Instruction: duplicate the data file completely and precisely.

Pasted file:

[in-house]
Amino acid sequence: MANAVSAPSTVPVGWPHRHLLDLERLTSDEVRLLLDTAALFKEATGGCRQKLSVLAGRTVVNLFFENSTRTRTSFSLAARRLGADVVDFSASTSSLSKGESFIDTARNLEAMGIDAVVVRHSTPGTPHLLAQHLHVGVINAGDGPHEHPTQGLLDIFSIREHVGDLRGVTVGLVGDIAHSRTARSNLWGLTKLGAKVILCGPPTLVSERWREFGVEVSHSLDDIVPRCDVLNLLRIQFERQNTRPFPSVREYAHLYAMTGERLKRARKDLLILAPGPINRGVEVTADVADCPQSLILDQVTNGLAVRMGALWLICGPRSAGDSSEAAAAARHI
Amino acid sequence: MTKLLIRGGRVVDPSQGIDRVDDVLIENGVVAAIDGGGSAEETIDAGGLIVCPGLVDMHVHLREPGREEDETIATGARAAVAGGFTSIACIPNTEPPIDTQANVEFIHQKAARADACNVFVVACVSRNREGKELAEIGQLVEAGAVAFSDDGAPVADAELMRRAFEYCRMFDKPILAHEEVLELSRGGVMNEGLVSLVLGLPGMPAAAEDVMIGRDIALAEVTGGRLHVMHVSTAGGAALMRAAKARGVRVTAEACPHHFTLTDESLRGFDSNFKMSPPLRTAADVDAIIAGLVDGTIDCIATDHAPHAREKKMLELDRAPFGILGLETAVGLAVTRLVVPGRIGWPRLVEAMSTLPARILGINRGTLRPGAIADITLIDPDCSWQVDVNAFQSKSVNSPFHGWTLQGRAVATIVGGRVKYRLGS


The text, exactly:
[in-house]
Amino acid sequence: MANAVSAPSTVPVGWPHRHLLDLERLTSDEVRLLLDTAALFKEATGGCRQKLSVLAGRTVVNLFFENSTRTRTSFSLAARRLGADVVDFSASTSSLSKGESFIDTARNLEAMGIDAVVVRHSTPGTPHLLAQHLHVGVINAGDGPHEHPTQGLLDIFSIREHVGDLRGVTVGLVGDIAHSRTARSNLWGLTKLGAKVILCGPPTLVSERWREFGVEVSHSLDDIVPRCDVLNLLRIQFERQNTRPFPSVREYAHLYAMTGERLKRARKDLLILAPGPINRGVEVTADVADCPQSLILDQVTNGLAVRMGALWLICGPRSAGDSSEAAAAARHI
Amino acid sequence: MTKLLIRGGRVVDPSQGIDRVDDVLIENGVVAAIDGGGSAEETIDAGGLIVCPGLVDMHVHLREPGREEDETIATGARAAVAGGFTSIACIPNTEPPIDTQANVEFIHQKAARADACNVFVVACVSRNREGKELAEIGQLVEAGAVAFSDDGAPVADAELMRRAFEYCRMFDKPILAHEEVLELSRGGVMNEGLVSLVLGLPGMPAAAEDVMIGRDIALAEVTGGRLHVMHVSTAGGAALMRAAKARGVRVTAEACPHHFTLTDESLRGFDSNFKMSPPLRTAADVDAIIAGLVDGTIDCIATDHAPHAREKKMLELDRAPFGILGLETAVGLAVTRLVVPGRIGWPRLVEAMSTLPARILGINRGTLRPGAIADITLIDPDCSWQVDVNAFQSKSVNSPFHGWTLQGRAVATIVGGRVKYRLGS